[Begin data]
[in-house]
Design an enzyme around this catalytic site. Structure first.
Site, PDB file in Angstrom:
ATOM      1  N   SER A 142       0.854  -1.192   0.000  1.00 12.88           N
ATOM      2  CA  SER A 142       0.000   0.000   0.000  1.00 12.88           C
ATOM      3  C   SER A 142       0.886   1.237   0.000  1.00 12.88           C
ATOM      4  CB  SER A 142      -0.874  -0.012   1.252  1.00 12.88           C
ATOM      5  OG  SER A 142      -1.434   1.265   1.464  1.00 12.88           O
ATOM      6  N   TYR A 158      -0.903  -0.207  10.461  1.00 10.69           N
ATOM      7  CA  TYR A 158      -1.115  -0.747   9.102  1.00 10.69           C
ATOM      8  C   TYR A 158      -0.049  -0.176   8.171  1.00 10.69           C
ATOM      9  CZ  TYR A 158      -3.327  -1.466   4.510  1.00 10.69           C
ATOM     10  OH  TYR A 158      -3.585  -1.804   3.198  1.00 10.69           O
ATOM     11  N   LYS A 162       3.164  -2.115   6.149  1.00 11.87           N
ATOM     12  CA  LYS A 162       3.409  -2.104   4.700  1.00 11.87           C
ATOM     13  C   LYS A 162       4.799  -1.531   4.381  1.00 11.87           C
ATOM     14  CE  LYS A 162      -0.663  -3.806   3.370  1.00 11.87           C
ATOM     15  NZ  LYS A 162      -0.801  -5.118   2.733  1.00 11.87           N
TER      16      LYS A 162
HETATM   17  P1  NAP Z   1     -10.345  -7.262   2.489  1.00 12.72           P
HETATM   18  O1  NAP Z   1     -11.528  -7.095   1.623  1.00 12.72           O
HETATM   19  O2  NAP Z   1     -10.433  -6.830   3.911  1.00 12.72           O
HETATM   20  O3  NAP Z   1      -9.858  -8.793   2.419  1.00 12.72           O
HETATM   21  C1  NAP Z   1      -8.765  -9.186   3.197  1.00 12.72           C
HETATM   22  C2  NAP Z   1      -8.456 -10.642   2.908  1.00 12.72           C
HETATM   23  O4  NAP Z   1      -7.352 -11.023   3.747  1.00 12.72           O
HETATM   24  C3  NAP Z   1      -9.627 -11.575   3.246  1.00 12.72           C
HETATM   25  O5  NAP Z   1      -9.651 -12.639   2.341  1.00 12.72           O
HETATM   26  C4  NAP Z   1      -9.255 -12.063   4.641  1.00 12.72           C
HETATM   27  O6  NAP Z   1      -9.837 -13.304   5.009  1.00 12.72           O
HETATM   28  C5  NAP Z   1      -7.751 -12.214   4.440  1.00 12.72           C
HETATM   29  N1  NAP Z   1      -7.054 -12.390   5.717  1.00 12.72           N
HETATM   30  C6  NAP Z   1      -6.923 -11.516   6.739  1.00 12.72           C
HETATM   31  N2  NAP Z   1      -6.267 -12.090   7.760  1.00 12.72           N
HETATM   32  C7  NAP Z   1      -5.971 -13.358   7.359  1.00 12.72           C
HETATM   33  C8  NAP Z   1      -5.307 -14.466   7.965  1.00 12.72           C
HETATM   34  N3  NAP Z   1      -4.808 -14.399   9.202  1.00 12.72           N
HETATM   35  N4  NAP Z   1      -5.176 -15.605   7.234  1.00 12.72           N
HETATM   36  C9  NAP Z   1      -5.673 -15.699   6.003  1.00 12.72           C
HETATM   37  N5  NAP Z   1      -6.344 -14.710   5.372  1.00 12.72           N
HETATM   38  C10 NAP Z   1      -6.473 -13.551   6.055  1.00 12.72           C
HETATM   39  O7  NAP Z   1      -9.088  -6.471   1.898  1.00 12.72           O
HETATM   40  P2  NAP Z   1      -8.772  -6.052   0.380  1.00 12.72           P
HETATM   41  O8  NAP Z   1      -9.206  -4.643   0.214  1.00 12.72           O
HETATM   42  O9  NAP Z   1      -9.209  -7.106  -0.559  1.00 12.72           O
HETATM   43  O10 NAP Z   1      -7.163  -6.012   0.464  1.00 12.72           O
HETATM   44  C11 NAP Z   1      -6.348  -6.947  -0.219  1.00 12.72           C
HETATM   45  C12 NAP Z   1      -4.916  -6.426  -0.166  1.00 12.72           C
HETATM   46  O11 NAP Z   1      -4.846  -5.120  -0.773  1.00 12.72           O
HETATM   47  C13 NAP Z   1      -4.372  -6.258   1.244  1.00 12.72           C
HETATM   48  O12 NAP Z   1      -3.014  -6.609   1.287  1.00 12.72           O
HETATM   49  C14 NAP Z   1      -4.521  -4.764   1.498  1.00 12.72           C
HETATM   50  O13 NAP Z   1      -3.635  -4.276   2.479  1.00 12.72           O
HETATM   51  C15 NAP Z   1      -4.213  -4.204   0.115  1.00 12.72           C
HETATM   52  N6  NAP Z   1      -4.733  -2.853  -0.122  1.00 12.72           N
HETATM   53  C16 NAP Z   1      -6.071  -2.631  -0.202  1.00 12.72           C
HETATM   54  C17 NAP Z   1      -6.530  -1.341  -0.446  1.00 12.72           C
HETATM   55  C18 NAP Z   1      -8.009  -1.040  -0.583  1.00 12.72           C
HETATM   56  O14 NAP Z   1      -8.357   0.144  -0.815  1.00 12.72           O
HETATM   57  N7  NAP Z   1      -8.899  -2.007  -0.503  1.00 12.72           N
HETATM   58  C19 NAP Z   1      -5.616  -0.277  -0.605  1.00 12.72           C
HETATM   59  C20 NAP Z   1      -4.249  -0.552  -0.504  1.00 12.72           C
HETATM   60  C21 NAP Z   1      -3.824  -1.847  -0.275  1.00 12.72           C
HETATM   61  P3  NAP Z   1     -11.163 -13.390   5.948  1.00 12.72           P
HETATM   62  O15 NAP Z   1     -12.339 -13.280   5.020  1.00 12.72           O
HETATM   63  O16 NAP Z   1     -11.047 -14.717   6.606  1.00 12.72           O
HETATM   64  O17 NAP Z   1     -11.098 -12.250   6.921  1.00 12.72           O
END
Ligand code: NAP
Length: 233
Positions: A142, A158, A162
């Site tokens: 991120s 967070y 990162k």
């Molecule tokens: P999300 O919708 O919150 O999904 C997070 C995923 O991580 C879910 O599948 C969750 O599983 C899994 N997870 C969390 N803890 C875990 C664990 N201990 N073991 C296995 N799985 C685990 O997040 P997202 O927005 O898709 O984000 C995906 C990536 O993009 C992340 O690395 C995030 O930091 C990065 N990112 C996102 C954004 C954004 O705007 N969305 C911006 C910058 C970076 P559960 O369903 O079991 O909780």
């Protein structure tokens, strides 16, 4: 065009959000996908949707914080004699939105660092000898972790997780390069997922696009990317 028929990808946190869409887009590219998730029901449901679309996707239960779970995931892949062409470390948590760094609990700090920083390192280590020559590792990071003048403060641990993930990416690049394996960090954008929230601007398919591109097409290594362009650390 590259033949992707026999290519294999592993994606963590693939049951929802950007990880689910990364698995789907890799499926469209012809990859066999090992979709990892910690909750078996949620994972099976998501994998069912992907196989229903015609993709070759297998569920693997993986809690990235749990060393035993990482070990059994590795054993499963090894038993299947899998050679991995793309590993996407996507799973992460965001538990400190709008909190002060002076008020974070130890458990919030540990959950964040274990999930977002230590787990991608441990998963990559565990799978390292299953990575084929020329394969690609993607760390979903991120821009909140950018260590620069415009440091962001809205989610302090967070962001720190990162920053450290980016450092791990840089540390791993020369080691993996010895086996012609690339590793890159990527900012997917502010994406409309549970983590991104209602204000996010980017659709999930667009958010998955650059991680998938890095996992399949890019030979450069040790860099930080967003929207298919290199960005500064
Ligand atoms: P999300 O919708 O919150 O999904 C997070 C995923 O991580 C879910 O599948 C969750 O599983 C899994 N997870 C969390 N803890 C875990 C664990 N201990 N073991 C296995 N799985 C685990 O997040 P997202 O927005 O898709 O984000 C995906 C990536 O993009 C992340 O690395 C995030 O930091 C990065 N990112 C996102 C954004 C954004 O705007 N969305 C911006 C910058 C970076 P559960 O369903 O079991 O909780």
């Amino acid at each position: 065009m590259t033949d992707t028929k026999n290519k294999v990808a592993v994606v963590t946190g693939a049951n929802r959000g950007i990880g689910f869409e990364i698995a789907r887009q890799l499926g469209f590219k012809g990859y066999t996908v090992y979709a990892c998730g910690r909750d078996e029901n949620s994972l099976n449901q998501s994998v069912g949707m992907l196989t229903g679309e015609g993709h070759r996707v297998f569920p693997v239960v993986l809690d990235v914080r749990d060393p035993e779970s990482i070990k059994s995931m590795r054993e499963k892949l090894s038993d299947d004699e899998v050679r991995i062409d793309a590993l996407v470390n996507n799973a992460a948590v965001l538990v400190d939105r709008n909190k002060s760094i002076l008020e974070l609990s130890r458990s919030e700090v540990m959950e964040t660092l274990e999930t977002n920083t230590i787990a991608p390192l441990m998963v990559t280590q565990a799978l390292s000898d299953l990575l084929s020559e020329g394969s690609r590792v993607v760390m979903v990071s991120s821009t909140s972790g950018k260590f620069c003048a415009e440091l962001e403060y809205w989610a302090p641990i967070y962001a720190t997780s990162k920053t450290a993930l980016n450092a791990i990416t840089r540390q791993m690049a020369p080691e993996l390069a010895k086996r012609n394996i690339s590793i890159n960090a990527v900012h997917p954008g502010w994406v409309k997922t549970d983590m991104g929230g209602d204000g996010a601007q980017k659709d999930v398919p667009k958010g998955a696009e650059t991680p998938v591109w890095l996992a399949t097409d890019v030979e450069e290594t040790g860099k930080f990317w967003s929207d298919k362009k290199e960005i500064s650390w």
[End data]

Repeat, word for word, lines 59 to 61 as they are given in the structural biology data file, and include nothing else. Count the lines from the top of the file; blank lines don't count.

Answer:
HETATM   56  O14 NAP Z   1      -8.357   0.144  -0.815  1.00 12.72           O
HETATM   57  N7  NAP Z   1      -8.899  -2.007  -0.503  1.00 12.72           N
HETATM   58  C19 NAP Z   1      -5.616  -0.277  -0.605  1.00 12.72           C